The Boy and the Arrow
The thought that this was a brainless thing to do hadn’t crossed his mind until now. He fumbled to fit his bow, his fingers like gelatin, as classmates lined up beside him in Wickham Park. The rest of the seventh graders gathered around to see who would win the bet between Clifton Chase and the new kid, Ryan Rivales. The instructor counted down the seconds from his stopwatch, and Clifton swiveled around to see if a certain pair of green eyes watched him. Yup. Even Ava Harrington had come to see.
“Ready…” the instructor said.
As sweat stung his eyes, Clifton remembered why he’d taken the bet. It was this arrow. He’d found it mysteriously in his closet, and then it lit up for a split second. At least he thought it had. It seemed so otherworldly at the time, and when Ryan started in on him, the only thing he could think to do was show that kid up.
“Take aim…” the instructor continued.
Now he wasn’t sure.
He pulled the notched arrow back. He had one chance, a single-shot test for precision, straight to the bullseye or whoever came the closest. Ryan wagered his sleek emerald green binary compound bow, but they both knew this bet was not about the antique arrow or the slick bow. It was for bragging rights, for pecking order.
For making it through middle school as king.
On command, arrows arced through the air, landing on the targets or the wooden posts they were nailed to. Some struck the 3D molded deer, which now resembled a porcupine. A few arrows passed their marks altogether, landing out of sight in the tall grasses of the hilly sand dunes. ‘The Hinterland’ as it had been nicknamed. And that’s where Clifton’s arrow went.
“Archers….Halt!” the instructor shouted. “The range is now cold. You may retrieve your arrows.”
Clifton lifted his backpack and stepped onto the range with the others.
“What happened?” Ava asked. “You usually have perfect aim.”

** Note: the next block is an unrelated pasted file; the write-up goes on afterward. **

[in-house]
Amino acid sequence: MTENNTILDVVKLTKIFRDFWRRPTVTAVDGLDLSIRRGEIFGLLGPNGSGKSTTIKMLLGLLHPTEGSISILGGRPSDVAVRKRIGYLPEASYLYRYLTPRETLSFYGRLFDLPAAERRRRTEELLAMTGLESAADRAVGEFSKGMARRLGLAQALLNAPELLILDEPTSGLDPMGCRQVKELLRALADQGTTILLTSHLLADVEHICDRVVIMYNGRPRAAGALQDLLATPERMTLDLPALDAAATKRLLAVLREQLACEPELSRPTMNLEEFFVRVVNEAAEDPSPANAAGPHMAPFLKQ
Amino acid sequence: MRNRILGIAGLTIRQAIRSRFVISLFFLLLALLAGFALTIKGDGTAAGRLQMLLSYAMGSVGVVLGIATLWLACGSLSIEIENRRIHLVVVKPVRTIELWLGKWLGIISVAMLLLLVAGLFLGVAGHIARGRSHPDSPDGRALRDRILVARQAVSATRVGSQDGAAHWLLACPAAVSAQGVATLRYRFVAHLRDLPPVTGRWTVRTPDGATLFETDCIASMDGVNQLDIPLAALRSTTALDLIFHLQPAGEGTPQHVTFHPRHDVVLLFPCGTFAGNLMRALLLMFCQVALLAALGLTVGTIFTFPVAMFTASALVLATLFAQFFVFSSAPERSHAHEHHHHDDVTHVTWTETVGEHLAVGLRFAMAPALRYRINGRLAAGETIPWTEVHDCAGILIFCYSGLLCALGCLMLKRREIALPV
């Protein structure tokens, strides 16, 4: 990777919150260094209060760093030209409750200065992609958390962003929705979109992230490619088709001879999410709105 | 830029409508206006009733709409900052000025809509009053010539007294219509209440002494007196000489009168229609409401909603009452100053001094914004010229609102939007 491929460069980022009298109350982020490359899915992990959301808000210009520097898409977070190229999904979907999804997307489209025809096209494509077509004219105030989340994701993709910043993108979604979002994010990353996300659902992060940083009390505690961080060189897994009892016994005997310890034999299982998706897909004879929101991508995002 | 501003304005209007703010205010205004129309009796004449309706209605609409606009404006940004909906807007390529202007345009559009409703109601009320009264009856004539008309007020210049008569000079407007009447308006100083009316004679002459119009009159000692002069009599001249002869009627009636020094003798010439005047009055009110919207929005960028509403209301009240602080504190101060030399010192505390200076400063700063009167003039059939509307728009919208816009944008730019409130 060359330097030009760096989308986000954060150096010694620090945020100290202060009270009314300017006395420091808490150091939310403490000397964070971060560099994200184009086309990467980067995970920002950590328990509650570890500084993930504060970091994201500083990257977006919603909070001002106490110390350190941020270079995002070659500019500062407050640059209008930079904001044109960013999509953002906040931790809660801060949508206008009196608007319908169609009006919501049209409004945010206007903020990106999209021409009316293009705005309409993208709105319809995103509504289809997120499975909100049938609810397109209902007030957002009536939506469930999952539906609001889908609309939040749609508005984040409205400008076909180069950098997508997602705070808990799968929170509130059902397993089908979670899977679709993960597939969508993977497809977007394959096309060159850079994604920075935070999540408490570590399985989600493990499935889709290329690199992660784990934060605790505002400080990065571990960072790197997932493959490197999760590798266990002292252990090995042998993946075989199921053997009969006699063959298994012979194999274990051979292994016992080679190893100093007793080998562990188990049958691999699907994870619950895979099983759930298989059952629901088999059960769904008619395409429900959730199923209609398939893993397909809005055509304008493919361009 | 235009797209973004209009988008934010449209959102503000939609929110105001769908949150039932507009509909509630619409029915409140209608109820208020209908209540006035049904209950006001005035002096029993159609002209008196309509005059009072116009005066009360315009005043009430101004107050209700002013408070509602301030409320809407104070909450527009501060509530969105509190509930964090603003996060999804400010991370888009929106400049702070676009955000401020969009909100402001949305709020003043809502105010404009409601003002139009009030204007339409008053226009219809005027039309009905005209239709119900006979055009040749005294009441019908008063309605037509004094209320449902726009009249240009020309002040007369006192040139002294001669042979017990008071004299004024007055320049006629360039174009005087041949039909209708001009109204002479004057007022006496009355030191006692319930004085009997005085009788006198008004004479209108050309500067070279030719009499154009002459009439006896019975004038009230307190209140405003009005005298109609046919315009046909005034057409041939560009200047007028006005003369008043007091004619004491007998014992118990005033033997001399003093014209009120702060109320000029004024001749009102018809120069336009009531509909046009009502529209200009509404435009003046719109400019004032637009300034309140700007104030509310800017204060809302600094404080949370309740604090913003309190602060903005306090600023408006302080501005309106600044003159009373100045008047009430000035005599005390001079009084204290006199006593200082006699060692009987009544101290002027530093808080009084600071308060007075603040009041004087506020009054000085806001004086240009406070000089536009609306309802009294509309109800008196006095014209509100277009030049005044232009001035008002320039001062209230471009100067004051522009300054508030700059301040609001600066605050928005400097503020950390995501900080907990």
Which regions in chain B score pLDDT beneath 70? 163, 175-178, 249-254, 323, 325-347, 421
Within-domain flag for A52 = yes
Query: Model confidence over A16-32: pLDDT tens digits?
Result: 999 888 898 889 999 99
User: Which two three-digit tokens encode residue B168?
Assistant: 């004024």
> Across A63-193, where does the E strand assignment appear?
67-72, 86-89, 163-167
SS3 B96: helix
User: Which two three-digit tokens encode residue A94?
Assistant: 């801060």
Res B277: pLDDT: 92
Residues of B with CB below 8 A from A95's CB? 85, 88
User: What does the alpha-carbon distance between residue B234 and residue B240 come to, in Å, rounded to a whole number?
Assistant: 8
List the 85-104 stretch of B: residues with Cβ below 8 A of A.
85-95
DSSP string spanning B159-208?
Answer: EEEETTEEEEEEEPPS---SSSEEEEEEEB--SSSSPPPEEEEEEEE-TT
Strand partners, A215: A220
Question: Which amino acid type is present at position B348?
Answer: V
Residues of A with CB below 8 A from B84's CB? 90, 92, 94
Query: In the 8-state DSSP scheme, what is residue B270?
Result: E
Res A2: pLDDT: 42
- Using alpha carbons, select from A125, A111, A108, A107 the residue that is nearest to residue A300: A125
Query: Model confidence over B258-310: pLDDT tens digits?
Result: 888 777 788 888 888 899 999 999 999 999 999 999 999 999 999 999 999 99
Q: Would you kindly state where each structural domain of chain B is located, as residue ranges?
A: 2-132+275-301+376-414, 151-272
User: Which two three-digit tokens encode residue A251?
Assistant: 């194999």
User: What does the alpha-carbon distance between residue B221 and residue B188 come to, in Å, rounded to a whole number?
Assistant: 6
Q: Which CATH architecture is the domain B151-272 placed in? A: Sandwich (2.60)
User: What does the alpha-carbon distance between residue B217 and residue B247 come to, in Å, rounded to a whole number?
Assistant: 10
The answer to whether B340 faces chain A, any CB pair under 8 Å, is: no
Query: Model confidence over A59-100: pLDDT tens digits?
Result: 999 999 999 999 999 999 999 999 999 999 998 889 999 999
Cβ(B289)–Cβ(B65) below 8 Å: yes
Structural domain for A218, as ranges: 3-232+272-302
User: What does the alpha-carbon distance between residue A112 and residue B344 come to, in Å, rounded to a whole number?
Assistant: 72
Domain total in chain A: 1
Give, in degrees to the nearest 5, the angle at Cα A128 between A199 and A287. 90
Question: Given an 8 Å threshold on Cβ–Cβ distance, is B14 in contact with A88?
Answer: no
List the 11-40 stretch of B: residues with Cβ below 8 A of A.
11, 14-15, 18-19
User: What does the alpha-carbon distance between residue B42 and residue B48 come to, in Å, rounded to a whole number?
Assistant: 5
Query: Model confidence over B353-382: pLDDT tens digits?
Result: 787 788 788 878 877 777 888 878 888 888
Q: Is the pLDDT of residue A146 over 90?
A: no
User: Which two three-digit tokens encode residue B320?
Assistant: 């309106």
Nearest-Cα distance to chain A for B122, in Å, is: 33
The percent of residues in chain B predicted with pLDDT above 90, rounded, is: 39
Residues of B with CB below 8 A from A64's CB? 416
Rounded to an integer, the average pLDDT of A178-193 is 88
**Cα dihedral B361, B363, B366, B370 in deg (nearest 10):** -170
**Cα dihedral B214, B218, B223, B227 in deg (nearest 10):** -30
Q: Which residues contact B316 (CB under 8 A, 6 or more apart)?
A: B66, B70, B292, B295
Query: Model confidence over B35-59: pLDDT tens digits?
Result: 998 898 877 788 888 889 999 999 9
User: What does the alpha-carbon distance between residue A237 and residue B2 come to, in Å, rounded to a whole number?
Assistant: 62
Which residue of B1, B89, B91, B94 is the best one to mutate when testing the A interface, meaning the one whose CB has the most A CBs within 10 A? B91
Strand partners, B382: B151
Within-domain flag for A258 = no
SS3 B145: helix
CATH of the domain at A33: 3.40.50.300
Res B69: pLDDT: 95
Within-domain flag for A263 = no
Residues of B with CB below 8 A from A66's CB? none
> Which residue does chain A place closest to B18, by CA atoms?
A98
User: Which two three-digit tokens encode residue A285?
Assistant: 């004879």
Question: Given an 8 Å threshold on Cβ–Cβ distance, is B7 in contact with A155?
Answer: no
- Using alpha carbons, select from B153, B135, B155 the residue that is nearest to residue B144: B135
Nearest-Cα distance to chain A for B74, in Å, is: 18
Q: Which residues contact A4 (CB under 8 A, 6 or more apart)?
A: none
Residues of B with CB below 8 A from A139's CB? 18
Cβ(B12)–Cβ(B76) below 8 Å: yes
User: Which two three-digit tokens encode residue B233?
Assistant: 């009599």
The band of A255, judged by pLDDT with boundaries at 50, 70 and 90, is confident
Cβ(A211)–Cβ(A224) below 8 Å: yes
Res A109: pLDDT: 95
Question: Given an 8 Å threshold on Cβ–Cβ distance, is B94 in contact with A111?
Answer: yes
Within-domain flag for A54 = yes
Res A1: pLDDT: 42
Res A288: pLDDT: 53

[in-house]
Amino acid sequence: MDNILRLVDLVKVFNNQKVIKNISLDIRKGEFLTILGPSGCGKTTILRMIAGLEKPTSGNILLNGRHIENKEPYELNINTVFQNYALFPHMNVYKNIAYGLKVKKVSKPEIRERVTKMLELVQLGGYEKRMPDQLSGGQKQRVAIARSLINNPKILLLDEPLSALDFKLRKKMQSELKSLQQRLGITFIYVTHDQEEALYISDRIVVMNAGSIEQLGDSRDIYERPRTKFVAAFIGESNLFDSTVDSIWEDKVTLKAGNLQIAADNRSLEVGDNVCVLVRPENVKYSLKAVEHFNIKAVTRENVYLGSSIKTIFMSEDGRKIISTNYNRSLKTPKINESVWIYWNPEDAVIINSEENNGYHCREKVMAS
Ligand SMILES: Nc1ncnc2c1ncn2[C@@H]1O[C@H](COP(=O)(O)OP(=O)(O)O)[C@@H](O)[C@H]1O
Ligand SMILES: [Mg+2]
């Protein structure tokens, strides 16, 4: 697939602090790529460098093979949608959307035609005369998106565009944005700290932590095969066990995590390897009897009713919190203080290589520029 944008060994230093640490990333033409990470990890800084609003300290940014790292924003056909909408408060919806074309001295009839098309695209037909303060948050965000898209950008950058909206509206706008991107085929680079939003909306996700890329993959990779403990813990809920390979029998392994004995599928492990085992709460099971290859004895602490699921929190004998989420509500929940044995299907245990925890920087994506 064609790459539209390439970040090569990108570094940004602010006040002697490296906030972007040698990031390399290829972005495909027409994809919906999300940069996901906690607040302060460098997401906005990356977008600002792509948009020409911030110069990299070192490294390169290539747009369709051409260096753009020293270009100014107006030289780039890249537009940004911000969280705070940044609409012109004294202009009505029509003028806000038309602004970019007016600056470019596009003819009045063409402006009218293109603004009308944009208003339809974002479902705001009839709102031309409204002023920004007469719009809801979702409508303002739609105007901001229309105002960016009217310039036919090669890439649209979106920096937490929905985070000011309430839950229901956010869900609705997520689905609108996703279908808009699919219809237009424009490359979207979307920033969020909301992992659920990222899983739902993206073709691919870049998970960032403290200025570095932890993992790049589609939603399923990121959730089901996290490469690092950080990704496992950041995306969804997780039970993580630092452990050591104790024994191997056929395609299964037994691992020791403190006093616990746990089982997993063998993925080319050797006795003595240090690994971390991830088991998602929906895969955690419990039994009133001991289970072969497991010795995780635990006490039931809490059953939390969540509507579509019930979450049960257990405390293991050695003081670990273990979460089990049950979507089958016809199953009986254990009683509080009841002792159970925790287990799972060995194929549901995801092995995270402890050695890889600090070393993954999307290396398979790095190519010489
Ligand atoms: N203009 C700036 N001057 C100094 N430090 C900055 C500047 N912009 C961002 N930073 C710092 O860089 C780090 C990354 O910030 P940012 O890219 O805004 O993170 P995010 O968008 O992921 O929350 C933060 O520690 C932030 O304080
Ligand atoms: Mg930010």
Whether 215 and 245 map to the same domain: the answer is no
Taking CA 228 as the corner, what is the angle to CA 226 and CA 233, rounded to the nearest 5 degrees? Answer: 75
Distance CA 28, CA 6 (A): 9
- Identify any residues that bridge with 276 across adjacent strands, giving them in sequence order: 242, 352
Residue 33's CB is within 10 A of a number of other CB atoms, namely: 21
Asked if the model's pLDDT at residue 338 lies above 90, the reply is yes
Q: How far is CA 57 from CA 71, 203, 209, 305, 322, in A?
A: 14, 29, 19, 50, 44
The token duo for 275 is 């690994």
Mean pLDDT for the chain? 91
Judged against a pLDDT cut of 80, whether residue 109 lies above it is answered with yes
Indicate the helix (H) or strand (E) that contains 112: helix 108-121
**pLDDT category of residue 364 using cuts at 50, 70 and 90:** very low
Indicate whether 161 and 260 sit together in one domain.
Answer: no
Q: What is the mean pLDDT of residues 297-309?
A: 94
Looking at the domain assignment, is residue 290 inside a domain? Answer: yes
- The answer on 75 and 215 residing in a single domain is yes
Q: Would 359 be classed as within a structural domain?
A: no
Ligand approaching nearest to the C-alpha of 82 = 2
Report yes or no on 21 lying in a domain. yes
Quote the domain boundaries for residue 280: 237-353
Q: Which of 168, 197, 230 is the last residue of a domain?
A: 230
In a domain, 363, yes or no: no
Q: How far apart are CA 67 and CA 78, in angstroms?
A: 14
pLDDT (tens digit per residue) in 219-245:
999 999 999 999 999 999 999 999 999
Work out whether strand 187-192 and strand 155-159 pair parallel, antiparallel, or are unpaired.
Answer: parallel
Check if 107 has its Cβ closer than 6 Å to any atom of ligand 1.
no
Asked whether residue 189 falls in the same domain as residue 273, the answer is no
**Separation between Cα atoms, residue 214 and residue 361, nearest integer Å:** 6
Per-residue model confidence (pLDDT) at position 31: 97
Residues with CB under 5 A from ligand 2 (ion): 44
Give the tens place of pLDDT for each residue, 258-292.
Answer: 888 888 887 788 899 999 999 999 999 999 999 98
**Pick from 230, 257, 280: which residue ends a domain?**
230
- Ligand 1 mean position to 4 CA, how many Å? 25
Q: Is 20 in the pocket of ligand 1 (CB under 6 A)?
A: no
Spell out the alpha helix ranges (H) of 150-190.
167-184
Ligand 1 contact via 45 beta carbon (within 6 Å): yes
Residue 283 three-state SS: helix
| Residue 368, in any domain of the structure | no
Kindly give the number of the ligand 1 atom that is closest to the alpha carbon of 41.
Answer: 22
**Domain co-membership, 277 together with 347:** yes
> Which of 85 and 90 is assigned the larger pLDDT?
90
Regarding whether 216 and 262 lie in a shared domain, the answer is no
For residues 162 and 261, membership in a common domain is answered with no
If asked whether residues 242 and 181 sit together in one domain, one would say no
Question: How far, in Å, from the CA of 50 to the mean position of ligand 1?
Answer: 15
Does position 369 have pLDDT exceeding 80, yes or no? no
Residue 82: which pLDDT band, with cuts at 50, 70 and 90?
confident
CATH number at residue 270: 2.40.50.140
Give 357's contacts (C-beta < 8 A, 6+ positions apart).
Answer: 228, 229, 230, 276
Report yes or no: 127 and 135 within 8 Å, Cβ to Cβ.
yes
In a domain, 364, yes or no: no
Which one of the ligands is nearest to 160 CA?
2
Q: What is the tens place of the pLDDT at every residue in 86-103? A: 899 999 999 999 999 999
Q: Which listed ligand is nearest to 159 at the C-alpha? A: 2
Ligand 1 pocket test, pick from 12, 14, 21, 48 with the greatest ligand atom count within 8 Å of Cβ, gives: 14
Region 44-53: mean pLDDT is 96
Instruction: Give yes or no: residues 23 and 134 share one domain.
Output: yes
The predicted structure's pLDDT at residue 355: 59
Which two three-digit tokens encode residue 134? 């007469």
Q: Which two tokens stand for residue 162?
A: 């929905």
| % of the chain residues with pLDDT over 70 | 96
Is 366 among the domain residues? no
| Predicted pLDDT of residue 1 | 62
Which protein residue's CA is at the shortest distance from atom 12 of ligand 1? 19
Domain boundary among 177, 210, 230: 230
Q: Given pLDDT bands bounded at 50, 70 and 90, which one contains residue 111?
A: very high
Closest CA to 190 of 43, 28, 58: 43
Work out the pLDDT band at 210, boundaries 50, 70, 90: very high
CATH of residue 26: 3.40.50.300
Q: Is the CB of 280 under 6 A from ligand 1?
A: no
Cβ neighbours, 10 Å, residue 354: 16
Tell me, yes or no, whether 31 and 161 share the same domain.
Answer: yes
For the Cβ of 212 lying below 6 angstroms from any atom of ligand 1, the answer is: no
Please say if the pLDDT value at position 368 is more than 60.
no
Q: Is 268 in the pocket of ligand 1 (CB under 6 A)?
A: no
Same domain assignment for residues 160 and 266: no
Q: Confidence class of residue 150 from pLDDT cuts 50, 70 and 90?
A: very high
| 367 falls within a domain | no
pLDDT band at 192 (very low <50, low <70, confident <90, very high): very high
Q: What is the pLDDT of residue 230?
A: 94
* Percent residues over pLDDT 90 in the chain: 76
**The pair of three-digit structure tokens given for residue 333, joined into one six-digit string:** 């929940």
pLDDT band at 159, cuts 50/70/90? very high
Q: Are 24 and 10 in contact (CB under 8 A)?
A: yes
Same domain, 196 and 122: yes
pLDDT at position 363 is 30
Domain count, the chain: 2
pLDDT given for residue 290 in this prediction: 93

Clifton’s hands went clammy whenever she came around. It hand’t always been that way, just recently. “Yeah well, I guess that crappy arrow wasn’t as good as Ryan thought it was.”
“Why’d you make that bet with him? Didn’t you say you found that thing in your garage or something?”
“My closet, actually.” Sunlight brightened her eyes and he stared a moment longer than he’d meant to.
“Well, it seems weird for you. I don’t get it.”
“There’s not much to get, Ava,”
“Except my arrow,” said Ryan as he neared them. “Nice shot, by the way.” He snickered, and the few kids who’d tagged behind him laughed.
“Wasn’t my fault,” Clifton said. “I’d never shot it before.”
“Doesn’t matter now. I won the bet. My arrow didn’t even need to land near the bull’s eye, just on the target.”
More laughter erupted, and Clifton turned away.
Ryan shoved him. “Where you going, Chase?”
Clifton did a one-eighty. “Going to get that worthless arrow you won. Must feel good to know your shot beat an antique.”
Ryan’s smile dropped. “My shot,” he said in a clipped tone, “beat your shot. Now go find my arrow and hand it over.”
Clifton’s hands balled into fists as he left the circle to reach the edge of The Hinterland. Ava followed.
“I can’t believe what a jerk that guy is,” Clifton said. “Can you believe how epic he thinks he is? Like he’s the greatest archer of all times…Robin Hood Rivales.“
Ava’s hands perched on her hips. “You’re the one that tried convincing him your arrow was something special, when you knew it wasn’t. Seems like maybe Ryan’s not the one being the jerk. See you later, Clifton.”
Clifton lowered his head, defeated. He’d lost the arrow, lost the compound bow, lost his dignity, and Ava thought he was a jerk. Now, he had to trudge through The Hinterland looking for the ridiculous arrow that started it all. He swore under his breath and headed up the dune.
Across the way, Juan Sanchez, another victim of inaccuracy, scanned the brush facedown like Clifton. He was about to suggest they join forces when something sunk through his sock into his ankle. Sandspurs. He’d run through a whole patch and took a few minutes to pick them off, which hurt his fingers as much as his ankles. As he avoided a red ant pile, he almost tripped on a root that jutted up like a step.
And still, he hadn’t found his arrow.
About to give up and turn back, he glimpsed something copper-colored in the tall brush up ahead. Clifton spread back the grass to reveal the fletching. Were the feathers swaying? Nah, they couldn’t be. There wasn’t even a breeze. Then, he remembered how the shaft had glowed in his bedroom. No, way. This arrow was as plain as any other. And what did it matter?
It wasn’t his anymore.
He grabbed the arrow, and as soon as he touched it, a wave of dizziness passed over him while a CRACK filled the air. Clifton stood, turned to head back toward the range, but froze. He was standing in the middle of an open field covered in yellow flowers that rolled like carpet into the base of the surrounding snow-capped mountains.
The Hinterland was gone, replaced with a shimmer in the air like heat off a highway. And with a sudden sweat he realized that Wickham Park was gone too.